- Dating Violence – Dating violence is defined as an intentional act by a person in a dating relationship against a person they are currently in a dating relationship with or were previously in a dating relationship with that causes physical or bodily harm.
- Family Member – A family member is anyone who is related by blood, related by marriage, a former spouse, parents of the same child, foster parents or step-parents.
- Household Member – A household member is anyone who resides or has previously resided in the same home. This includes individuals who are not in the same family, such as roommates.
- Protective Order – A protective order is generally more commonly referred to as a restraining order, protection against family violence, or protection order, and is a court order issued if the judge determines family violence has occurred and is likely to occur again.
- Protective Order Hearing – At a protective order hearing, the judge determines whether family violence has occurred and is likely to occur in the future after both sides present evidence and any witnesses. The judge will issue a protective order if they determine family violence has occurred.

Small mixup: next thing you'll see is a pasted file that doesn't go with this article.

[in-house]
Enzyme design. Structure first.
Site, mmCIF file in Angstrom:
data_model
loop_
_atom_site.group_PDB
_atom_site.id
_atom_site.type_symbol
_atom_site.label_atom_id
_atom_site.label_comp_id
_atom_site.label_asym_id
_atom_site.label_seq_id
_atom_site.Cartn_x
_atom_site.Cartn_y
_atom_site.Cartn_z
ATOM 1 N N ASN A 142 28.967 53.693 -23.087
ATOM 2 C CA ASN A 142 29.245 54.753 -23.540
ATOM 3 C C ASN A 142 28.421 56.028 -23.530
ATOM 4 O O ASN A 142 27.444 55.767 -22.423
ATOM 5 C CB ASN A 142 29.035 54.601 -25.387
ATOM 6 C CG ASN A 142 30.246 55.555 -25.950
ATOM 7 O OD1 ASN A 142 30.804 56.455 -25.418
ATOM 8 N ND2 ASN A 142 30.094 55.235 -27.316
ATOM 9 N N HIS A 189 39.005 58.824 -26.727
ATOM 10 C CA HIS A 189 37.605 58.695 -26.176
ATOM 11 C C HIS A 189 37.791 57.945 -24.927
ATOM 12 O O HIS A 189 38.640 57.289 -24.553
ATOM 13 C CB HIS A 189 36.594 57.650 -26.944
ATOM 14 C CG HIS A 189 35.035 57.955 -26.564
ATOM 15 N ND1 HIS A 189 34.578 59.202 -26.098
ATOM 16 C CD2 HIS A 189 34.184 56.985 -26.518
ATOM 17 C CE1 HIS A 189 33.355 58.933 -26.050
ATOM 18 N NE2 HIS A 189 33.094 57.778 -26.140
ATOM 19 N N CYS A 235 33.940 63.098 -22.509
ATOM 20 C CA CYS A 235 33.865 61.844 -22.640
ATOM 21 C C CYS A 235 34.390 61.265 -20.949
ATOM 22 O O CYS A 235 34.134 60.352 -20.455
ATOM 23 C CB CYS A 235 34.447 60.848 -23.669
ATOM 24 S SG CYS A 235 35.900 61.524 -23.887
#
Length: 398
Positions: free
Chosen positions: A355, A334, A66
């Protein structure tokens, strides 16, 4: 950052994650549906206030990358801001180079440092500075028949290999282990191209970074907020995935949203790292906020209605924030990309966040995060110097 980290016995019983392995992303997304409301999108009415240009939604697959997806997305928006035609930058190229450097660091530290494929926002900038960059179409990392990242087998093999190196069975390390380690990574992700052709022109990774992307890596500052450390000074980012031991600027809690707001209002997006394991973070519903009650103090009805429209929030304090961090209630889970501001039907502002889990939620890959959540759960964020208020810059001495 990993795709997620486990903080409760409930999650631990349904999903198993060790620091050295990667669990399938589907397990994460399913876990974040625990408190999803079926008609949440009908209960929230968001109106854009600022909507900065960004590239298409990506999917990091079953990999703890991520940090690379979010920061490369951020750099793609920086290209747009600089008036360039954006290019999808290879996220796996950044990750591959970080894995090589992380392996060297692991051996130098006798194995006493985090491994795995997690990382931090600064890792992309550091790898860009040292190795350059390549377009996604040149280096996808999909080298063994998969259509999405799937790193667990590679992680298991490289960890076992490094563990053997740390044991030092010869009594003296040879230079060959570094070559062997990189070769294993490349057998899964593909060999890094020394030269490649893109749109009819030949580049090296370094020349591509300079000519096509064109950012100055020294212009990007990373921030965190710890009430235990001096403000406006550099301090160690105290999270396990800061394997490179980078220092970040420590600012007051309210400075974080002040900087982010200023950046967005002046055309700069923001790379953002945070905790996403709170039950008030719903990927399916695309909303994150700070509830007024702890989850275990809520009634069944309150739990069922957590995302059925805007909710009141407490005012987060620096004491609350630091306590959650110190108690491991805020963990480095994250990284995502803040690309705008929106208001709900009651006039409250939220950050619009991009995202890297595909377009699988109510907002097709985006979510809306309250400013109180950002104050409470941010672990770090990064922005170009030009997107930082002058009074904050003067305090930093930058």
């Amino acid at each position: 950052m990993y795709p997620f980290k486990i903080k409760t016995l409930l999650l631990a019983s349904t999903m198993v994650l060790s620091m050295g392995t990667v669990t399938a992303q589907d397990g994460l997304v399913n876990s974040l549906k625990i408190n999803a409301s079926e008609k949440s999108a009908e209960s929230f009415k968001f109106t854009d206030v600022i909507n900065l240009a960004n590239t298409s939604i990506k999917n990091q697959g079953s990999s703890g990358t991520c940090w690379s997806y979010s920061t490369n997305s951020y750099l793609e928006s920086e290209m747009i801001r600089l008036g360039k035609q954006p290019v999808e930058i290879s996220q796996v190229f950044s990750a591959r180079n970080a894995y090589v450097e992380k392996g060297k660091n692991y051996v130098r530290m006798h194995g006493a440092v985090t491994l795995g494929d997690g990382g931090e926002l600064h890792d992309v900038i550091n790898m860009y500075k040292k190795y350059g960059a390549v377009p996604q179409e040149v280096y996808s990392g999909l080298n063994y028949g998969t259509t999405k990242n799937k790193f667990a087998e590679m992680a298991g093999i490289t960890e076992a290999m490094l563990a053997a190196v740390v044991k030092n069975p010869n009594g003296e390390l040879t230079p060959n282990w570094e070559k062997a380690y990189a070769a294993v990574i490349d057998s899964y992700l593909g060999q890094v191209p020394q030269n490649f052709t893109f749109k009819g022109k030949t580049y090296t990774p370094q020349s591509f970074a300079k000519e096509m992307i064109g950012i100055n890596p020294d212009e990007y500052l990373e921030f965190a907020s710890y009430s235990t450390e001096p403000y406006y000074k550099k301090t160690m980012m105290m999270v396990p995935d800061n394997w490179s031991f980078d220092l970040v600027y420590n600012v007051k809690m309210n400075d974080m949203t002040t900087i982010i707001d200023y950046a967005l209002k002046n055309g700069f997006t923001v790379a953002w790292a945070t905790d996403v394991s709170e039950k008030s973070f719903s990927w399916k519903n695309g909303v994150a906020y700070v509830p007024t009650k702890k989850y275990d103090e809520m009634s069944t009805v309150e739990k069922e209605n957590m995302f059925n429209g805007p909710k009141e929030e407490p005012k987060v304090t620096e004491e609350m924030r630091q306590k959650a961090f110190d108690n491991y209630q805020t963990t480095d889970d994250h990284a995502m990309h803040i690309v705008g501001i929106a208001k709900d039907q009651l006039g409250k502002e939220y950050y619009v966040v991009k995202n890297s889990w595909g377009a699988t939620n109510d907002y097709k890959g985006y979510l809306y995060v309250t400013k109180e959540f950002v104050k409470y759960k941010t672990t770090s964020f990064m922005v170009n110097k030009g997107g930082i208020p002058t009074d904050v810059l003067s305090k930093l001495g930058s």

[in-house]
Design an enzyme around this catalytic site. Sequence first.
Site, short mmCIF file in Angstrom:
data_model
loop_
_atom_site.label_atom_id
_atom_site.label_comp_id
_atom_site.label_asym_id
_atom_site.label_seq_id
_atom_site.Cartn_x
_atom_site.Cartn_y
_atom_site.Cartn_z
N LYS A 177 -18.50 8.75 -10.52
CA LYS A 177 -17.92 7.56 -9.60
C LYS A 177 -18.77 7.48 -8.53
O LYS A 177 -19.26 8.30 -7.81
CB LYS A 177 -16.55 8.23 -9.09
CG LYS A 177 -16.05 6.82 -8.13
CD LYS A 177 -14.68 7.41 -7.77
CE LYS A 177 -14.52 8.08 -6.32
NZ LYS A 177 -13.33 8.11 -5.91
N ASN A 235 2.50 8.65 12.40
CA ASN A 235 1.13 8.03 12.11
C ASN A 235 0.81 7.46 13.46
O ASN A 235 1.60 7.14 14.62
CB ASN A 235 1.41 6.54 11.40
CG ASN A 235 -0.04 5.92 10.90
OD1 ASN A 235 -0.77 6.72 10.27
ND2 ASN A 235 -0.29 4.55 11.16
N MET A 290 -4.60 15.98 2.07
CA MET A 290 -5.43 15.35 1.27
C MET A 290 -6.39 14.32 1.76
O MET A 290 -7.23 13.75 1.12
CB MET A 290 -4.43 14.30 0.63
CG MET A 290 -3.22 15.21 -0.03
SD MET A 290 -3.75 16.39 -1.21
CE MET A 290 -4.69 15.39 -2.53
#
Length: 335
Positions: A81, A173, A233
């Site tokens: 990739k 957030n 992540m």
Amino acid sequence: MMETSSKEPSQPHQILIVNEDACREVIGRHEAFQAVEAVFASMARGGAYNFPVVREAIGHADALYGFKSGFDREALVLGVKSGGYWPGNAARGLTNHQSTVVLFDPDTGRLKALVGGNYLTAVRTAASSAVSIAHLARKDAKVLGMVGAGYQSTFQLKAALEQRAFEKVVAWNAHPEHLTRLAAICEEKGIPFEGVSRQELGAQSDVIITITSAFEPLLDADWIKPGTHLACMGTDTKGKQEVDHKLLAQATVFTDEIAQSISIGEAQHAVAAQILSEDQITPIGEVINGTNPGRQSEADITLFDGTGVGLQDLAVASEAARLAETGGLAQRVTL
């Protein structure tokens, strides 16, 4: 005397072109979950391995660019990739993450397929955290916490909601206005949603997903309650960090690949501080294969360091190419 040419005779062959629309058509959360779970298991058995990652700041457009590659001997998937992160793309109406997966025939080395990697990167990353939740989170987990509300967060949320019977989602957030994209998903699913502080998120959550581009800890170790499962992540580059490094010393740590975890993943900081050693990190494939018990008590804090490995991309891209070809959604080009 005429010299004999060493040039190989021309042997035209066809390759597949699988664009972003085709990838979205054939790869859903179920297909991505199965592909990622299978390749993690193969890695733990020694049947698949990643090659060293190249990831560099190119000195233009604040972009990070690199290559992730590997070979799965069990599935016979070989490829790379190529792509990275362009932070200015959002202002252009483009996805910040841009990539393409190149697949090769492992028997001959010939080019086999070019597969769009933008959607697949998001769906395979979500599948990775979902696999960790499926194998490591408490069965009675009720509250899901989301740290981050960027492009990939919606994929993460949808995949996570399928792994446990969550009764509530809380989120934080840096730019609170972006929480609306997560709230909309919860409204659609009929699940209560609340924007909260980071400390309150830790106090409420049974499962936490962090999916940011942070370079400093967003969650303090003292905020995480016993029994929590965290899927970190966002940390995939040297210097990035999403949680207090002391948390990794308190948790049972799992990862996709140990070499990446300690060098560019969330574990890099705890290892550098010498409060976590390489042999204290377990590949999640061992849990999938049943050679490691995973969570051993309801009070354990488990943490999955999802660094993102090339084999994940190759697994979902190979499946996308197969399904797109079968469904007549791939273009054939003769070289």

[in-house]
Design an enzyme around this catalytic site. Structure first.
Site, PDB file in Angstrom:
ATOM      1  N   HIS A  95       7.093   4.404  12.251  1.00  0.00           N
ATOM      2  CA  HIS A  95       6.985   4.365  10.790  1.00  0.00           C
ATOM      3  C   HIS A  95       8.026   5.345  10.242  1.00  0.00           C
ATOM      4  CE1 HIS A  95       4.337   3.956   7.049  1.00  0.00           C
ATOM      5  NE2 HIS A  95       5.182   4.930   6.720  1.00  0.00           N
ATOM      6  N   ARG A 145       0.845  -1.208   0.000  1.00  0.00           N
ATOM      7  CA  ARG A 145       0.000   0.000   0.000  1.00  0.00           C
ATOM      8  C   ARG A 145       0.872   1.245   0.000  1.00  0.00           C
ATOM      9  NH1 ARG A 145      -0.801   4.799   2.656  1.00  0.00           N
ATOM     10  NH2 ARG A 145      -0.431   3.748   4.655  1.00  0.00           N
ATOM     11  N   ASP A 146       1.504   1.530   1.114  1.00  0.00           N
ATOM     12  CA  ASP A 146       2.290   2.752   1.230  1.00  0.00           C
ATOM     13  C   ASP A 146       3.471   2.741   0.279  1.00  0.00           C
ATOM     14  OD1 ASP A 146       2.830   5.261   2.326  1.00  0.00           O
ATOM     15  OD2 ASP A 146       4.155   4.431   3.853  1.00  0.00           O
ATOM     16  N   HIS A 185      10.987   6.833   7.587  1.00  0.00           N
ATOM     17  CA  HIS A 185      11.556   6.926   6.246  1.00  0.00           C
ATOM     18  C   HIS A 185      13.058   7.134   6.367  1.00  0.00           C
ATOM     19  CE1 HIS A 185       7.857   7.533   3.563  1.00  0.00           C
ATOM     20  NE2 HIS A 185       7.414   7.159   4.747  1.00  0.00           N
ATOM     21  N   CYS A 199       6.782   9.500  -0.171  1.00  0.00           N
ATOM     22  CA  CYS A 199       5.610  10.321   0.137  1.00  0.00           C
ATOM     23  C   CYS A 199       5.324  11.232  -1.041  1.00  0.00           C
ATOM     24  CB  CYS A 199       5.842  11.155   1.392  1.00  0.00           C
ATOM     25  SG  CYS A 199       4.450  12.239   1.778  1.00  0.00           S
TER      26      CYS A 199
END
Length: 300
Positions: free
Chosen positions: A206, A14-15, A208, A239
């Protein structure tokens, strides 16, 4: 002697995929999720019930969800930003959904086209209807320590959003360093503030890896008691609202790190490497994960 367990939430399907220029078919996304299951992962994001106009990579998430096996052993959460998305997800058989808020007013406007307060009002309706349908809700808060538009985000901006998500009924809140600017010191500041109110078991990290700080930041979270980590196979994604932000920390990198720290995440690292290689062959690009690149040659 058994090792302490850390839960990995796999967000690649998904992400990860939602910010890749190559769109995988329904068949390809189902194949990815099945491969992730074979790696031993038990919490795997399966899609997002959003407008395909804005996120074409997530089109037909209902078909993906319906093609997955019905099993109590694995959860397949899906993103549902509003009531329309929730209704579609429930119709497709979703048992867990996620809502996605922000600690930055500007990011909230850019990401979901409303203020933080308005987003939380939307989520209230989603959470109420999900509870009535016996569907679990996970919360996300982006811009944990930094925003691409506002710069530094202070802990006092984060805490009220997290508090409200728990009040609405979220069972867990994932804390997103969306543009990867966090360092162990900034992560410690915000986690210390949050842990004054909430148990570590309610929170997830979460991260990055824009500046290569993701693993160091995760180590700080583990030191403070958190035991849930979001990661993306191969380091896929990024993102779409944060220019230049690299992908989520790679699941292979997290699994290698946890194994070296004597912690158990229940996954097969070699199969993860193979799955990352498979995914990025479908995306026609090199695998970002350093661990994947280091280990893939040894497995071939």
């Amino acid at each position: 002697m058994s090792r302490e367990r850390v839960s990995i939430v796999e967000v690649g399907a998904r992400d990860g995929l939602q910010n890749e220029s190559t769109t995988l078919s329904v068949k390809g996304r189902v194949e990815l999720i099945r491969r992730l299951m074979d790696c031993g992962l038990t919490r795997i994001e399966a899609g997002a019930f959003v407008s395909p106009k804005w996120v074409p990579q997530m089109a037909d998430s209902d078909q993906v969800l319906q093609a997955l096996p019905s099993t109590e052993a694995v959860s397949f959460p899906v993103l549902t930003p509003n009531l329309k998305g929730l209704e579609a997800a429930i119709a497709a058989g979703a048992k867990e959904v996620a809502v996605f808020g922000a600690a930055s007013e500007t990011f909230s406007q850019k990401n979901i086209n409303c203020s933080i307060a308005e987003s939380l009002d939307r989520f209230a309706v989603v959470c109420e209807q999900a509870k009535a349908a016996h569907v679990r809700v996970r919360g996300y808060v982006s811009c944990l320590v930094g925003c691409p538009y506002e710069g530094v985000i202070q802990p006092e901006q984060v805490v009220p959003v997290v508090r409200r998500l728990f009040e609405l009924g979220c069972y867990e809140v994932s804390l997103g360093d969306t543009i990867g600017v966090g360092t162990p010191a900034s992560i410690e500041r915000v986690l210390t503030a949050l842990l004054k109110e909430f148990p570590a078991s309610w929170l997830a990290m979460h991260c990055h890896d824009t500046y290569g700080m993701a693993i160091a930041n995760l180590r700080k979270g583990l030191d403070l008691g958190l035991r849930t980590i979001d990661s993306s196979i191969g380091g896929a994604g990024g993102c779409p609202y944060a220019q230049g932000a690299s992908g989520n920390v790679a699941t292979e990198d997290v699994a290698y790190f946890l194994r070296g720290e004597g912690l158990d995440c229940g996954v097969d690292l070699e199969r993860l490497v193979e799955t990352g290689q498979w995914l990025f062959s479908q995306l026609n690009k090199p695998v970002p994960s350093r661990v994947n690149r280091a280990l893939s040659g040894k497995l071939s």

Some of the most common charged family violence offense in Dallas can include, but are not limited to the following:
According to Tex. Penal Code § 22.01, an individual can be charged with domestic assault if they intentionally, knowingly or recklessly cause bodily injury, threaten or physically contact a family member, household member or person they are in a dating relationship with.
As defined in Tex. Penal Code § 22.02 an individual can be charged with aggravated domestic assault if they commit assault with a deadly weapon against a family member or cause serious bodily injury to a family member, household member or person they are in a dating relationship with.
Section 25.07 of the Texas Penal Code defines a violation of a protective order as knowingly or intentionally violating the terms of a protective order against them. This can include communicating with the family member who requested the protective order or going to their home or place of business.
Tex. Penal Code § 42.072 defines stalking as repeatedly and knowingly engaging in conduct targeted at a specific person: